The Fantasy of the World
By James Tipton
November 2006 Guadalajara-Lakeside Volume 23, Number 3
feminine images have ignited the fantasy of the Mexicans. But the myth
of María Felix is different—such a woman —with the
audacity to defy the ideas machos have constructed of what a woman should
be...she disperses the clouds, or illuminates them with the lightning
flash of her gaze.”
—Octavio Paz, Mexico’s Nobel Prize-winning poet
Félix reigned as queen of Mexican cinema during its Golden Age.
For more than thirty years she was the Goddess, not only in Mexico but
over all of Latin America. María de los Angeles Félix
Güereña was born April 8, 1914, during the Mexican Revolution,
on a ranch in Alamos, Sonora. When she was ten the family moved to Guadalajara,
where a few years later, while at the university, she experienced the
taste of things to come when she was chosen Queen of the Carnival. After
her university years, she moved to Mexico City, and there, working for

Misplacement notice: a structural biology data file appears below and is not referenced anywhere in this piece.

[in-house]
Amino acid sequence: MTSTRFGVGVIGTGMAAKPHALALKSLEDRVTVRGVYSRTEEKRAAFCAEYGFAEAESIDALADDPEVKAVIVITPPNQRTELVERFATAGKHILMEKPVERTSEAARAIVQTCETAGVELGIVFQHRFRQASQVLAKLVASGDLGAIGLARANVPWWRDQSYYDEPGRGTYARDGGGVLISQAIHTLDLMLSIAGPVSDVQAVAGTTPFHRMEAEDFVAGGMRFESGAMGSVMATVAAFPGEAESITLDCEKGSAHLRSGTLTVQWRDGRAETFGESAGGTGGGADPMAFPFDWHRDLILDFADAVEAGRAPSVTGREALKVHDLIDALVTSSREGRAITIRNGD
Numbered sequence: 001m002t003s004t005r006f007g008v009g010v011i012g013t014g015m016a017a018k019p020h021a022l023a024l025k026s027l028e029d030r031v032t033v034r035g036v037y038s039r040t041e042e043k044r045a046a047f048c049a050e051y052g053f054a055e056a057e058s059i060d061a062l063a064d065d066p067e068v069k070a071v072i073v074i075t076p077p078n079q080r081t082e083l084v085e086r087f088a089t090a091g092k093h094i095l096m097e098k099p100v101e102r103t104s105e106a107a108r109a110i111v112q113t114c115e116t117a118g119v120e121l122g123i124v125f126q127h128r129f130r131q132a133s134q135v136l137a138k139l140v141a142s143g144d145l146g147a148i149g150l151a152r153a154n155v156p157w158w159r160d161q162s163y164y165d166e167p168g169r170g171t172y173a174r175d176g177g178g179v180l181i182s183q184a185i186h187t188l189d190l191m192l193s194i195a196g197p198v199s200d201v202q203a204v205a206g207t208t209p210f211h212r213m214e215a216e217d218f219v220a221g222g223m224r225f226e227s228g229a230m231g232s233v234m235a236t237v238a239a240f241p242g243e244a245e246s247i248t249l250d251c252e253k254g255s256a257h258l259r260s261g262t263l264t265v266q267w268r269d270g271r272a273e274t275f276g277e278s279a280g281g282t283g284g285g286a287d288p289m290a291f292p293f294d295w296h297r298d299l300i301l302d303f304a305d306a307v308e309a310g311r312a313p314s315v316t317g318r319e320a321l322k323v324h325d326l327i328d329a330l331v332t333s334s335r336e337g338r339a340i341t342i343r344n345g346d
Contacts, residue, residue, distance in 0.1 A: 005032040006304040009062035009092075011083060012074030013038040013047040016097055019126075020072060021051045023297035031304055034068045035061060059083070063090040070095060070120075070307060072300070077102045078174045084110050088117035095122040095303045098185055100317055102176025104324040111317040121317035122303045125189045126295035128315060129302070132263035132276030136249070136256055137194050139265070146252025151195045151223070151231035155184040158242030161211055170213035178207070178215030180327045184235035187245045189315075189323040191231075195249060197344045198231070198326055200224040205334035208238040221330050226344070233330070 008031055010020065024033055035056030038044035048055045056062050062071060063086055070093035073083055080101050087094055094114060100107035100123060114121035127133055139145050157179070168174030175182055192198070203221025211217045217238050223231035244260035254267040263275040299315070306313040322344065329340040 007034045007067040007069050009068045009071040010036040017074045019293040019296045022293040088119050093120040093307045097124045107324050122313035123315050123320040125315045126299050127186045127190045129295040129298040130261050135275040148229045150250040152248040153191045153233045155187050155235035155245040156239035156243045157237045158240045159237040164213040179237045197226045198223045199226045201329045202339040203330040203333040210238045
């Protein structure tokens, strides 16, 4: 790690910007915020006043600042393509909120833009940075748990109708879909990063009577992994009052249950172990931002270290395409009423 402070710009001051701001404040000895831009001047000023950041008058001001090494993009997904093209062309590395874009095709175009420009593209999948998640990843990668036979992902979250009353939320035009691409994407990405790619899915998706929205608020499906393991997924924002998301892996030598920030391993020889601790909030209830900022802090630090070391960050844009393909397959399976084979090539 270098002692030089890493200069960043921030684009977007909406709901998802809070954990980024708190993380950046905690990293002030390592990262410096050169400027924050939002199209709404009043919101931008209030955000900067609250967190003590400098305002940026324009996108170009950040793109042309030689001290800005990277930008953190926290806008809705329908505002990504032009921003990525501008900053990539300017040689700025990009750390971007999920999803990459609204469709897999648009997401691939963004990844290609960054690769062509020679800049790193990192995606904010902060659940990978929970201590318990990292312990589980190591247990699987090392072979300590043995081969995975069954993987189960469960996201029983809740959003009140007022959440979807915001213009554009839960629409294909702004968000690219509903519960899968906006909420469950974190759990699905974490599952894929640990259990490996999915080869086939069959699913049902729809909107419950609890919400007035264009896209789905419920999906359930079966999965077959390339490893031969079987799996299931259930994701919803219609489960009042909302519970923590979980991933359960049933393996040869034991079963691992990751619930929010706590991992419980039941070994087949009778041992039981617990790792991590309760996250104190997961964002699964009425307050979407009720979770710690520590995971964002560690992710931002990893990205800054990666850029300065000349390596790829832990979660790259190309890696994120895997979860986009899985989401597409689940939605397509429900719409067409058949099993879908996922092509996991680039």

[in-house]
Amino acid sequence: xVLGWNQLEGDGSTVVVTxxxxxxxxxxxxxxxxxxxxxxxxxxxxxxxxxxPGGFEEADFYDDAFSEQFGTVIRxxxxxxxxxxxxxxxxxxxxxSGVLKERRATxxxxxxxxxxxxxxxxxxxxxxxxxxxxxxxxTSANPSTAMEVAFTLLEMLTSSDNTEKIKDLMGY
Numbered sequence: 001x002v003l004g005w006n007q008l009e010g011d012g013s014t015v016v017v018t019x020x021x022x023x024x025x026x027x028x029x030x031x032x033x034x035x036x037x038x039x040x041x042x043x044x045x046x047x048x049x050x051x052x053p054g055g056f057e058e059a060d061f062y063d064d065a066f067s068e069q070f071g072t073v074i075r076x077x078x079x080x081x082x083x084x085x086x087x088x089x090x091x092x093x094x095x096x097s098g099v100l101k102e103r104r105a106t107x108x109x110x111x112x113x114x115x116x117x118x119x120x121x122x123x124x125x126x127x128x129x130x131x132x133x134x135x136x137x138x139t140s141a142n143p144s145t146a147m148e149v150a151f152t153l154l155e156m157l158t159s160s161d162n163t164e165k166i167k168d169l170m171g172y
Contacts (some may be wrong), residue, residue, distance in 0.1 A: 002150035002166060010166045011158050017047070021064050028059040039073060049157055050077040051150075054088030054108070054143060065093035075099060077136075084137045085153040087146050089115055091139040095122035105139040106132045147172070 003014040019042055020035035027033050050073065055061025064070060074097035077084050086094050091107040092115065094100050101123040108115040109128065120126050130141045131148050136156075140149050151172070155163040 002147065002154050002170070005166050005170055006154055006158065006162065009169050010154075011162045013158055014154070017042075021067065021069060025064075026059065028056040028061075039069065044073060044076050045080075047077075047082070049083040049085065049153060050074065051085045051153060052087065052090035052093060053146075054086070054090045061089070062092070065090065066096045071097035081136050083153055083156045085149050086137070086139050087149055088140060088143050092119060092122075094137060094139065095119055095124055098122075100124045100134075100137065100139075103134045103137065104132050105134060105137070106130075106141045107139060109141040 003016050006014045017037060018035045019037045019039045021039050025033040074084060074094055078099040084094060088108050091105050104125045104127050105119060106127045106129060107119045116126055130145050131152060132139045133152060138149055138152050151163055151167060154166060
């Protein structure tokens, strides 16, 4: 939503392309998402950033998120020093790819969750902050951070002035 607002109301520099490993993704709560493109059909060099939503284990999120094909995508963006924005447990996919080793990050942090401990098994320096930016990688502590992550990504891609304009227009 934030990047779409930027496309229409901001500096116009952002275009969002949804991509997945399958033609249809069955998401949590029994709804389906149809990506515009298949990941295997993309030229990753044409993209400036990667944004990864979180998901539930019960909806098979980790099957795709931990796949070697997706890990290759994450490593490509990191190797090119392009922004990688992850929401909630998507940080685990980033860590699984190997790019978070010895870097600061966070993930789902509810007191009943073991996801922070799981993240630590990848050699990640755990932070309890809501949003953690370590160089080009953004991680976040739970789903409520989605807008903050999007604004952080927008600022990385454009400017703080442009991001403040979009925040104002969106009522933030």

a plastic surgeon, her beauty was again recognized as she put it to
use to attract clients.
While the young María was strolling down
Palma Street in the capital, she was seen by rising film director Fernando
Palacios. He introduced himself and persuaded her to become the female
lead in El Peñón de las Animas...The Rock of the Spirits
(1942). Furthermore, she was to play opposite the most popular actor
of the day, Jorge Negrete, whom years later she married. This film was
based loosely on the ever-popular themes in Romeo and Juliet.
Immediately María Félix became a star.
It was in her third film, Doña Bárbara
(1943), though, that María really established her image:
a strong, voluptuous, intelligent, articulate, and confident woman,
easily the equal of any man. Doña Bárbara, brutally
raped as a young girl, seeks revenge by accumulating property and running
a ranch alone, wearing men’s clothing and also practicing witchcraft.
To the end of her